Like the Napoleonic hero of the symphony, Fischer prevailed. This was the best Eroica I have ever heard, channeling the spirit of Beethoven. Justin Davidson just wrote a great article about the Eroica’s power over contemporary society—does it still have the power to shock? If it doesn’t, Fischer certainly did his best. The opening chords were urgent cannon shots, launching the vigorous, rocking Eb melody. Fischer accented each halting gesture and incessant, clashing forte blows of the C# dissonances. Iif anything, the result was a modern sound: it felt entirely fresh, lively and unabashedly un-Romantic. He untangled the twisted counterpoint of the first movement’s brief fugue, rendering each line with clarity but exigency. The layout of the orchestra, with first and second violins placed opposite rather than next to each other, produced lovely antiphonal trade-offs towards the end of the recap. Rarely would I use to the word thrilling to describe a performance, but this was just that.

If I had to pick a single favorite movement in all the Nine, it would be the Eroica’s Marcia funebre--the ultimate example of orchestral pathos, a dark counterpart to the heroics of the opening allegro. My conductors of choice are those that bring out this tragedy, creating cascading waves of music, an oceanic sensation that points ahead to Wagner—Furtwängler, Bernstein, Walter. Fischer and the orchestra created narrative through entirely different, but wholly effective, means. He tapered Beethoven’s long lines, producing small chunks of tight phrases and snappy rhythms—remember, this is a funeral march. It was not exactly fluid, but Fischer compensated with a powerful mass of raw sound in the climactic sections. Whether due to the use of period instruments or the careful orchestral balance, the fugue was breathtakingly clear. Its motto, present in solo woodwind parts and usually overwhelmed by a heap of strings, tolled like funeral bells—a remarkable effect, and all I could think was that Beethoven wanted it heard this way. The accumulation of orchestral effects reminded me more of Mahler than Wagner, especially in the lilting return of C major, a whisper from beyond the grave.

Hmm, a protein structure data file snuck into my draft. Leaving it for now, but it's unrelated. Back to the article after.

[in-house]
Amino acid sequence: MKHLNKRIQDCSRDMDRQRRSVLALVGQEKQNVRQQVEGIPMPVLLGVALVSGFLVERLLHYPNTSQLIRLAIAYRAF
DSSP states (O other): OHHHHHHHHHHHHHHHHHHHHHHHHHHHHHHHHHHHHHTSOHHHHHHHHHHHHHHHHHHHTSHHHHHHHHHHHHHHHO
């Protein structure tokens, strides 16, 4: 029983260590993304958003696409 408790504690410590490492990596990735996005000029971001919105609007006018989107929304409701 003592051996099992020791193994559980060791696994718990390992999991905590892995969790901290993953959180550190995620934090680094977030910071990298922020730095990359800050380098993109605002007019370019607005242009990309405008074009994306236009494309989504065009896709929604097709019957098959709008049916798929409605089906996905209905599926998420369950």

Following such inspiring playing, the final two movements felt like afterthoughts despite being of the utmost brilliance. The scherzo ran like clockwork, with jaunty winds and a beautifully muffled sound in the strings. And the hunting horns of the trio produced a juicy crunch only possible with period instruments. In the finale, the radiant full orchestra was almost disarmingly pleasant, with each variation building towards a bawdy, rustic coda.

If it requires period instruments to render Beethoven like this, then by all means let’s all buy some 18th century flutes. But I don’t think it does. The attention to detail and precision came out of an ensemble which has re-evaluated all of the de-facto practices of the “modern” (aka post-Romantic) orchestra and taken what works, leaving behind what doesn’t. It may have not been the original goal of the HIP movement (back when it was all about Authenticity), but I’m glad this is the direction it took. After hearing the OAE’s brass, I never want to go back to the Chicago Symphony Orchestra. The blaring horns and trumpets in both symphonies seemed effective and appropriate (and, dare I say it, badass), where loud brass would be vulgar in any Beethoven performance by a CSO-size orchestra. Critics often accuse Fischer of idiosyncratic performances, but I’ll take idiosyncrasy over the alternative any day.